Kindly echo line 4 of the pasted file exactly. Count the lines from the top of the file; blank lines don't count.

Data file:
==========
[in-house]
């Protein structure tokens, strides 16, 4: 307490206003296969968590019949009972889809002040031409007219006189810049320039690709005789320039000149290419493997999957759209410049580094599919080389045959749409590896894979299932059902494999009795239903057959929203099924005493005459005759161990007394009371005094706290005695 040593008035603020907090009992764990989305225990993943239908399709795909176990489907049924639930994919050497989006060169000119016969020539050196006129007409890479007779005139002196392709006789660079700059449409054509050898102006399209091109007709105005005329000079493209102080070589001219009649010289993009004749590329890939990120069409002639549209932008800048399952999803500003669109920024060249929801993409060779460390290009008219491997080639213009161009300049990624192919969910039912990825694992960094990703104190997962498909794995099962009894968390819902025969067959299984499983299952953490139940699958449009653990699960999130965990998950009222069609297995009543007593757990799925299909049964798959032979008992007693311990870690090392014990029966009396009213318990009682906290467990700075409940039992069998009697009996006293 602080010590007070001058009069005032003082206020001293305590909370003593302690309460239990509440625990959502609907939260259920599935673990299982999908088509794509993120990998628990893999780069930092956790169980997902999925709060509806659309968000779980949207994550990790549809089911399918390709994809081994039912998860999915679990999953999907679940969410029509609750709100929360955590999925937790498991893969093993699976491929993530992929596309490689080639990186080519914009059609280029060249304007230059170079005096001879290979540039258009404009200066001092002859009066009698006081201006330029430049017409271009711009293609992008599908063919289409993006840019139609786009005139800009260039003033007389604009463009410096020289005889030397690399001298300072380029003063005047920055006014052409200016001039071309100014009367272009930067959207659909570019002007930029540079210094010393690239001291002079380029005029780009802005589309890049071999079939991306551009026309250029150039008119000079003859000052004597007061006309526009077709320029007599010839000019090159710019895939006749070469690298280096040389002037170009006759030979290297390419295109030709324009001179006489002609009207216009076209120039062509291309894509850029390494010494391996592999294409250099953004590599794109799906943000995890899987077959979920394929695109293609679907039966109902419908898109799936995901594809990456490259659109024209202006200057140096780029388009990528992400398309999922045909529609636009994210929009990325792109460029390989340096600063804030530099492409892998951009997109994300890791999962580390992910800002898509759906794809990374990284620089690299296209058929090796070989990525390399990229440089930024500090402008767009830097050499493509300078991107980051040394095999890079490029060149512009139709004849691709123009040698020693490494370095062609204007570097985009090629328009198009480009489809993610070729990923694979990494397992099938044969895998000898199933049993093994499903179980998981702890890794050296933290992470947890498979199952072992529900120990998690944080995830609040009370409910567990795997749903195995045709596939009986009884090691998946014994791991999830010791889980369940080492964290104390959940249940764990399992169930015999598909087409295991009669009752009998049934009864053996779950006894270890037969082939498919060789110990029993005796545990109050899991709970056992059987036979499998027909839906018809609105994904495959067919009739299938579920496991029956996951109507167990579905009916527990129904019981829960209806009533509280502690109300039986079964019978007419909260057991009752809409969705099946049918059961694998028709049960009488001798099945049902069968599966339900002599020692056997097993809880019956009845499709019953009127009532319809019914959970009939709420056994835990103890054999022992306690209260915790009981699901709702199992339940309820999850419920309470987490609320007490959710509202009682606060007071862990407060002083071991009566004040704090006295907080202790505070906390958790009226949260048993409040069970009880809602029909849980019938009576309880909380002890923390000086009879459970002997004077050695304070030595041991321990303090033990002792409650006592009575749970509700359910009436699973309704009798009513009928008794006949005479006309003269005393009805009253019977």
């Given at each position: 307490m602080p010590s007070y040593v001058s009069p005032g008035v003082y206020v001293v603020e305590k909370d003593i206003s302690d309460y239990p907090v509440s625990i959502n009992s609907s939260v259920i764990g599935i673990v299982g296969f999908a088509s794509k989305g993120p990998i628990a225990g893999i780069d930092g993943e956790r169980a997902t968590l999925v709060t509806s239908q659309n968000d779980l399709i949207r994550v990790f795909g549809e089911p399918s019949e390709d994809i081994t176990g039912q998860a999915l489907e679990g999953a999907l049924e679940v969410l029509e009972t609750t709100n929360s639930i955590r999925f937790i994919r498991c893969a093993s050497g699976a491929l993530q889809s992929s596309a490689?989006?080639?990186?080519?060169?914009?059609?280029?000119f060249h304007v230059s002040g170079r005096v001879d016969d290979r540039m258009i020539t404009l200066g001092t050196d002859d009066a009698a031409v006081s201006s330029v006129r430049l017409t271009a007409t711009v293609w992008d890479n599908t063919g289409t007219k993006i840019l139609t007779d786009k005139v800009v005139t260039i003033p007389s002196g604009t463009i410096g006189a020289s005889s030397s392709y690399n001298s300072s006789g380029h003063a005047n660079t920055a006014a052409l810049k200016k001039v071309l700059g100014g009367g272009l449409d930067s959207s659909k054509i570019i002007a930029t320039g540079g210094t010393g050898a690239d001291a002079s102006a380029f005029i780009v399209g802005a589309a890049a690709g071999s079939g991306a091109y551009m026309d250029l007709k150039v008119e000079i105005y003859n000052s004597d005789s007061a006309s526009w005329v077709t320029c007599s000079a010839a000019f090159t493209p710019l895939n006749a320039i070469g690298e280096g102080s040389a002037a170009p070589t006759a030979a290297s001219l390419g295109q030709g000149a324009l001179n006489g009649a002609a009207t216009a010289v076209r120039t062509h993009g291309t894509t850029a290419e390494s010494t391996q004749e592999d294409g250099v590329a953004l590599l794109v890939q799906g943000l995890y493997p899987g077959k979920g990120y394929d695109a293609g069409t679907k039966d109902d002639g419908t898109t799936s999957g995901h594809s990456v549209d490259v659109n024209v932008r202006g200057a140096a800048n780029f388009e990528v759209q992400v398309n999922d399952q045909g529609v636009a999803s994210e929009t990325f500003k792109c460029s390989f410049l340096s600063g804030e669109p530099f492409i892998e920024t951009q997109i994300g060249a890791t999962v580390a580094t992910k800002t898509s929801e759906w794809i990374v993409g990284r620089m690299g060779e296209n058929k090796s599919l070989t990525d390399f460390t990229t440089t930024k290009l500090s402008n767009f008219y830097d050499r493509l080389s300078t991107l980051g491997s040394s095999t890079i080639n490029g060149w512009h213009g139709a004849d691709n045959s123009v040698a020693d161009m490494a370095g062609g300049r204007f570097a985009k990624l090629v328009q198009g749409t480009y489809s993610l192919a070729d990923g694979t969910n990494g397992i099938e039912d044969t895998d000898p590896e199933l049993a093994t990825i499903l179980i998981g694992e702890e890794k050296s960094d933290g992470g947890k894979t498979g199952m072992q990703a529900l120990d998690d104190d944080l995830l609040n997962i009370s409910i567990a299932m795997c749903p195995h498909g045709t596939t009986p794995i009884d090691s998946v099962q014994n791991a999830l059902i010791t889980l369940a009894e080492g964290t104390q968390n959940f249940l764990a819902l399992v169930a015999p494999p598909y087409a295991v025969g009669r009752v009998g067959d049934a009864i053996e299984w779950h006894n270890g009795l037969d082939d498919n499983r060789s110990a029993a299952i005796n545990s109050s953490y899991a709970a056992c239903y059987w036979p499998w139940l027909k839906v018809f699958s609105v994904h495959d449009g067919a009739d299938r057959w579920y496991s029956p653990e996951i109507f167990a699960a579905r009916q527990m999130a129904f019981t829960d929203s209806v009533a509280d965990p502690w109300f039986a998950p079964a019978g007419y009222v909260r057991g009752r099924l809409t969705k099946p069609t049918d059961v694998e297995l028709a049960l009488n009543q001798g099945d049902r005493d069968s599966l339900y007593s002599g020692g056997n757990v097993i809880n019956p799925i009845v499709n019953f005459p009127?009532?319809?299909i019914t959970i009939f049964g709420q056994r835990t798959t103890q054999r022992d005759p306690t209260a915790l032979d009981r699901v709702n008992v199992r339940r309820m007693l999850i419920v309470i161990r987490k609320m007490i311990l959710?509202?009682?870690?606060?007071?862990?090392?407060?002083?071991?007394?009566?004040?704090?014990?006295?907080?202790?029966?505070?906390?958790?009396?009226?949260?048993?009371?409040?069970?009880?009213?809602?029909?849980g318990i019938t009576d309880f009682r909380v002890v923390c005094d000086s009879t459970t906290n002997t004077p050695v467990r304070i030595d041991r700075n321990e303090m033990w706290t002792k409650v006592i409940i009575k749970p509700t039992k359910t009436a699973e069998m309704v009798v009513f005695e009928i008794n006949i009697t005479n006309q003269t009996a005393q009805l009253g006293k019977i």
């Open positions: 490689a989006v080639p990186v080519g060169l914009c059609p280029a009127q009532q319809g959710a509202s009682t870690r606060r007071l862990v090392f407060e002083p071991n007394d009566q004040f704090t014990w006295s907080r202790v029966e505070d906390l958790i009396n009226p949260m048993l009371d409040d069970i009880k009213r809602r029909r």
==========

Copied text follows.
């Open positions: 490689a989006v080639p990186v080519g060169l914009c059609p280029a009127q009532q319809g959710a509202s009682t870690r606060r007071l862990v090392f407060e002083p071991n007394d009566q004040f704090t014990w006295s907080r202790v029966e505070d906390l958790i009396n009226p949260m048993l009371d409040d069970i009880k009213r809602r029909r």